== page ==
A person may mischaracterize an abortion-control law as a slippery slope to ending abortion, because they don't have the vocabulary to explain that they believe it infringes the right to exercise a right anonymously (privately, confidentially).

They are trying to express their moral outrage, and just because they can't correctly express their point-of-view doesn't mean that they aren't genuinely disgusted with the idea.

Posted by: Roeing up the Slope | Jan 27, 2018 5:16:46 PM

I say there's a wage gap. And you say, no, at nearly all businesses each man and woman either make the same hourly wage or make the monthly/yearly salary.

You're the one who's mischaractizing my position. You think I'm talking about comparing the individual man and woman (because you're an individualist), when I'm actually talking about comparing the population of men and the population of women, i.e., the average man and the average woman (because I'm a collectivist).

You're saying no individual is being discriminated against, when what I'm saying is there are group differences which show institutional (systemic) discrimination.

You're talking about individual discrimination, I'm talking about disparate-impact among groups (populations).

Posted by: Marks | Jan 27, 2018 5:46:05 PM

Controversy sells. What is exciting or attention grabbing about having an open mind? What I wish is that academics would stop asking everyone else to act like their best college students. If people wanted to do anthropology they would become anthropologists; they don't so they don't.

I love interacting with kids. Most of them have a native curiosity and are amazed at the simplest things because they have never seen or experienced it before. Then they get educated and learn to do research and run experiments and make logical arguments and their world goes to hell. So sad.

Posted by: James | Jan 27, 2018 9:04:10 PM

"Treat that tribe as a subject of study, not an opponent."

And remember that different people have genuine different value systems. There are no value systems that we are all destined to eventually agree on if only we were more educated. Even Ginsburg and Sotomayor, or Bernie Sanders and Hillary, don't agree on everything.

In fact, you don't even agree with your past self on everything, and you agree even less with your future self on anything. If you can't agree with yourself completely, what makes you think you can agree with someone else more than a little?

Posted by: Dorian Black and White | Jan 27, 2018 10:15:52 PM

Also, assume people are telling the truth rather than giving an excuse to mask their sexism, racism, or other bigotry.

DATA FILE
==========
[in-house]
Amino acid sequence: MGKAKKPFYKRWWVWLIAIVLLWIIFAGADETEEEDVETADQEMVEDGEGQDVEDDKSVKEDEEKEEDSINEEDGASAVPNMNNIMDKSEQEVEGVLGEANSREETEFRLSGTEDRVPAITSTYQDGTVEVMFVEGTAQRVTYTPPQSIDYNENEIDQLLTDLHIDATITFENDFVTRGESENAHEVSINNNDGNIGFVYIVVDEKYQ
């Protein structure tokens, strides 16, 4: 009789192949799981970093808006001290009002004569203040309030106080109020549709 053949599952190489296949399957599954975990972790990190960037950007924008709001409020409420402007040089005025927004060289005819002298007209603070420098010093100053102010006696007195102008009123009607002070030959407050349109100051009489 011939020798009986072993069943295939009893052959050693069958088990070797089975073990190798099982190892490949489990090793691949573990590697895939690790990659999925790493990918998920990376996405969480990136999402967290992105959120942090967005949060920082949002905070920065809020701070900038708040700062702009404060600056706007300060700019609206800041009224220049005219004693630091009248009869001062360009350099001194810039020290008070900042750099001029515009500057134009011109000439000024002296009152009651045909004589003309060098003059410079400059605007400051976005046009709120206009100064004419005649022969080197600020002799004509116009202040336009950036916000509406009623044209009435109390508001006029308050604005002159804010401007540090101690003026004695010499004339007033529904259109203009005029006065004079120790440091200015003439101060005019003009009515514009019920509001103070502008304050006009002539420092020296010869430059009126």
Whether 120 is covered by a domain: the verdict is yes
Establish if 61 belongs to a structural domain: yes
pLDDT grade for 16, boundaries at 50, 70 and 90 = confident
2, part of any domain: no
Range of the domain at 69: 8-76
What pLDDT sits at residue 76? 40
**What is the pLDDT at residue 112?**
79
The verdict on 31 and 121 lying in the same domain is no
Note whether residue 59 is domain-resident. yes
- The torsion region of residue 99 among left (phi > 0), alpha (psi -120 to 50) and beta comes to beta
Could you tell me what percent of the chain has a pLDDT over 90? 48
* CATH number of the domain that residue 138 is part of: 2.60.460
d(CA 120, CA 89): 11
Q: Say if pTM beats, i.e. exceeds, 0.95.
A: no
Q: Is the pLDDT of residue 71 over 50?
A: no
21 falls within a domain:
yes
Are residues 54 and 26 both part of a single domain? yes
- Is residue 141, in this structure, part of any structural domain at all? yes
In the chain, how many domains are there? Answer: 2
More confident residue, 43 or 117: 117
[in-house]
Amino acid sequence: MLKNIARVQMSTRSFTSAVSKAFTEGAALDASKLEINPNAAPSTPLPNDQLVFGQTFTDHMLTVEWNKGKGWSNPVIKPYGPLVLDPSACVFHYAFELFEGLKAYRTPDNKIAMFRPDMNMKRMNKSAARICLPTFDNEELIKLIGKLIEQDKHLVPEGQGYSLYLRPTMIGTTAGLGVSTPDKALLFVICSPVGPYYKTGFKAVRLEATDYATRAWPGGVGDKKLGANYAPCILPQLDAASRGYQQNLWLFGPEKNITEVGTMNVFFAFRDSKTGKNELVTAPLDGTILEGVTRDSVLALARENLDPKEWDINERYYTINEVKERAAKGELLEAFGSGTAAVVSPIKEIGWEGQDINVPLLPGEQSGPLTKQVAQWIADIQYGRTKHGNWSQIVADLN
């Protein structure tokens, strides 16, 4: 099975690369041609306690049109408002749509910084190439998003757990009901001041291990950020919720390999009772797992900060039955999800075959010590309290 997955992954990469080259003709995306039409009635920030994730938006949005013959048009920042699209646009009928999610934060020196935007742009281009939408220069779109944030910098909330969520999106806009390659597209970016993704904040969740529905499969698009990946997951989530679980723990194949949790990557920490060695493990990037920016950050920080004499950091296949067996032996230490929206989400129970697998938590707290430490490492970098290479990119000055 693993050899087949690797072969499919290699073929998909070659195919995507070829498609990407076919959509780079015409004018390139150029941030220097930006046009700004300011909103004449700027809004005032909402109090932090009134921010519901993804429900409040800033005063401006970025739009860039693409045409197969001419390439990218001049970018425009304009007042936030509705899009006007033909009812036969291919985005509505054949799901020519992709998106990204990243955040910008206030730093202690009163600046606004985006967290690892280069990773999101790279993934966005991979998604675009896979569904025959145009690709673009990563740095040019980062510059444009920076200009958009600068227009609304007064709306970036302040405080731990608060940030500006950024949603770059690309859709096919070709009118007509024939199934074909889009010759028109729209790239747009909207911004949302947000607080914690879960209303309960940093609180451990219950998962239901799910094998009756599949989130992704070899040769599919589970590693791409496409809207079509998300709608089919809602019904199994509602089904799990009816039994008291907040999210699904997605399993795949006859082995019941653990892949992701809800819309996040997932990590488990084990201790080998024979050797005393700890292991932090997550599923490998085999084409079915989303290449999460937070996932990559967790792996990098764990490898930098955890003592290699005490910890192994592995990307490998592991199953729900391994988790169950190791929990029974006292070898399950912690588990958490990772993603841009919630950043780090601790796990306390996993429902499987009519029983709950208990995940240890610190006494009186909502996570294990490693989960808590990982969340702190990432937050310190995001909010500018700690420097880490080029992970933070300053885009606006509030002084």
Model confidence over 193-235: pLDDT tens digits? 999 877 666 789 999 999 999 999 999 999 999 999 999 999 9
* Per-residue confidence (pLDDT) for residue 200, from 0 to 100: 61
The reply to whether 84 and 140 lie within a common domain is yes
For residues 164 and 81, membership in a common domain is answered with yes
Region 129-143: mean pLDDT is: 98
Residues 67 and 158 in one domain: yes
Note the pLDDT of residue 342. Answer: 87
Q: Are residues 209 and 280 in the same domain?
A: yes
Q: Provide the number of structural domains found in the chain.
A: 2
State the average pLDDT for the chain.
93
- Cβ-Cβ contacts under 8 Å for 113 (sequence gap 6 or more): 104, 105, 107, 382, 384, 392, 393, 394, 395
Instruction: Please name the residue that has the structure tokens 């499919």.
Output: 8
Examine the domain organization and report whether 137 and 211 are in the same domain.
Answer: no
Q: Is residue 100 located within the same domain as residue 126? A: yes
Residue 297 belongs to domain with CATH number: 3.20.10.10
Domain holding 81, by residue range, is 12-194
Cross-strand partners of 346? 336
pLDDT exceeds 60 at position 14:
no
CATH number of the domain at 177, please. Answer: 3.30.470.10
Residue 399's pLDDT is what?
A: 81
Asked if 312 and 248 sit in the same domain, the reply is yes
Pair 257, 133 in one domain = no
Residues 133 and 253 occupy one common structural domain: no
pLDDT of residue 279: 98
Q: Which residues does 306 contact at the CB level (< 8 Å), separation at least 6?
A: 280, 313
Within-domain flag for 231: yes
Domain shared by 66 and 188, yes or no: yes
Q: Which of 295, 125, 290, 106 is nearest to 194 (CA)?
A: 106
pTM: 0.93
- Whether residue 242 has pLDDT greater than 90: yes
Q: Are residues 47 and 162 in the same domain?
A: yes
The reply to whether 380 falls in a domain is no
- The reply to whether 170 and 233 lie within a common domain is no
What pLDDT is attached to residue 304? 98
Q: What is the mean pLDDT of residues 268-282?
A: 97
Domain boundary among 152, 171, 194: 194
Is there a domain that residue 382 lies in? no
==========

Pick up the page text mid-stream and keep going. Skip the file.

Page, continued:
If someone says they're for school choice, don't assume that's code word for segregation. Assume they genuinely value school choice as an end-in-itself, rather than a means for racism.

If someone says they're for meritocracy, don't assume that's code for women in the kitchen. Assume they genuine think employees should be judged on their work, rather than a means for sexism.

You can disagree with them, but wait for proof they are a bigot before assuming that there's no other explanation for holding different values than you except bigotry.

Posted by: Uncle Tom Soul | Jan 27, 2018 10:30:55 PM

What you're describing is bog standard behavior by progressives. It's atypical for them to not behave that way. It's a reasonable wager Peterson was expecting it and was prepared.

Posted by: Art Deco | Jan 29, 2018 12:36:04 PM

"If you are a secular liberal, then hang out at an evangelical church."

This is an easy thing to say when you haven't had your physical safety threatened by members of evangelical churches because of your sexual orientation. Which gets to the core dissymmetry here - what is easily framed as simple disagreements, or differential morality, or "tribalism" has actually been a matter of life and death for the people affected.

And from the comments:
"Voter turnout in the Roy Moore Alabama election proved voter ID laws do not suppress the minority vote."

What a bizarre statement. I'm not sure if the person writing this is an academic, but if they are, I worry greatly if this is the type of claims they're making in their academic work. Even if an n of 1 could possibly "prove" such a wide-sweeping claim, when that "1" is an extraordinary case of an incredibly unpopular candidate running in a particularly good-for-Democrats political environment, this certainly could not be a case that stands in for any broader principle. It seems just as likely, that the fact that voter turnout among minority groups was so high is a testament to these voters' remarkable efforts in overcoming the barriers placed before them given the stakes of the election. At any rate, the turnout in one election does not justify the entire enterprise of voter ID laws.

(Not to mention, of course, turnout among white voters was very low, which makes the percentage of black voters seem higher than it might when compared against comparable elections before the advent of voter ID laws.)

Posted by: J | Jan 31, 2018 8:18:37 PM